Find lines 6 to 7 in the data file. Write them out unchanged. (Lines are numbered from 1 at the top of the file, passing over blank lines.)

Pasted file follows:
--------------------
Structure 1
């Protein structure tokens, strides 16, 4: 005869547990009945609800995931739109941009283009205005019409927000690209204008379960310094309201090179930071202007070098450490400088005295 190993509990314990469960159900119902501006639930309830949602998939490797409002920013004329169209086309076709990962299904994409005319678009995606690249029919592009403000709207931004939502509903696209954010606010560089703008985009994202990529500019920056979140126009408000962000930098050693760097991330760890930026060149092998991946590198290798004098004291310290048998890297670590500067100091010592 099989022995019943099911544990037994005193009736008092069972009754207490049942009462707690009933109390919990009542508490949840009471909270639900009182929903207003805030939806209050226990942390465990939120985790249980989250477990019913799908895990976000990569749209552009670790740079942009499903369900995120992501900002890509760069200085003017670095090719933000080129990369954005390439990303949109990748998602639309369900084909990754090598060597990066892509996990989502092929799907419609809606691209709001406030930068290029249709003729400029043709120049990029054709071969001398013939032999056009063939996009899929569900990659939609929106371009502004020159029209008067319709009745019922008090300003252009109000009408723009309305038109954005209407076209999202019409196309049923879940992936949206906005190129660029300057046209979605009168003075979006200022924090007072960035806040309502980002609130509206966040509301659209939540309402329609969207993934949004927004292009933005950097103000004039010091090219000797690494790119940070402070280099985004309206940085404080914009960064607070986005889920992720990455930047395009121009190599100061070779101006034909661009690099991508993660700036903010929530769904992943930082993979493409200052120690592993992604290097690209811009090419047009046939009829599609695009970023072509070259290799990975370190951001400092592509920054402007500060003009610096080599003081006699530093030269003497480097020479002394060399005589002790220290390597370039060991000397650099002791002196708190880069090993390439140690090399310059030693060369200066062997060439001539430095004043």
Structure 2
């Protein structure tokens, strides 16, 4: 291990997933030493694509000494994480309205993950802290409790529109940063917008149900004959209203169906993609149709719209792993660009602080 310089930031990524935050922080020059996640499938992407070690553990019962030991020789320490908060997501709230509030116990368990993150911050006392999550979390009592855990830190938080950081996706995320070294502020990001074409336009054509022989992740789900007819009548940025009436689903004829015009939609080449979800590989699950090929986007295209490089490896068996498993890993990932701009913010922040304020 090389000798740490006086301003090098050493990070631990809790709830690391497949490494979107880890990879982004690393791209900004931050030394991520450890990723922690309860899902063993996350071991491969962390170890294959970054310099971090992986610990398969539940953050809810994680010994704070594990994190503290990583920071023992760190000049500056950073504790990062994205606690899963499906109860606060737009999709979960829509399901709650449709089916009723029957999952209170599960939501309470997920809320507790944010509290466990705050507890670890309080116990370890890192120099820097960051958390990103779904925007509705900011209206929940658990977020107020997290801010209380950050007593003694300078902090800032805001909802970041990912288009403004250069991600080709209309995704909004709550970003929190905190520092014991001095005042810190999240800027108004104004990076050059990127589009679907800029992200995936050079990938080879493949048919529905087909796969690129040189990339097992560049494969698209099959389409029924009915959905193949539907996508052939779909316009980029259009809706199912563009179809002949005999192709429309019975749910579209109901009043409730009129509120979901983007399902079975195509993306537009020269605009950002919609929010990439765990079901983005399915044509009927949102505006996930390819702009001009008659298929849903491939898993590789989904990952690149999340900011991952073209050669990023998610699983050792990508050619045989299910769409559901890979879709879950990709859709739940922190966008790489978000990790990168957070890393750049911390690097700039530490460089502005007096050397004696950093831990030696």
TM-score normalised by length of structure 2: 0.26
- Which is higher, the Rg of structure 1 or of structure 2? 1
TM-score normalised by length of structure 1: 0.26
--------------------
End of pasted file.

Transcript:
- Which is higher, the Rg of structure 1 or of structure 2? 1
TM-score normalised by length of structure 1: 0.26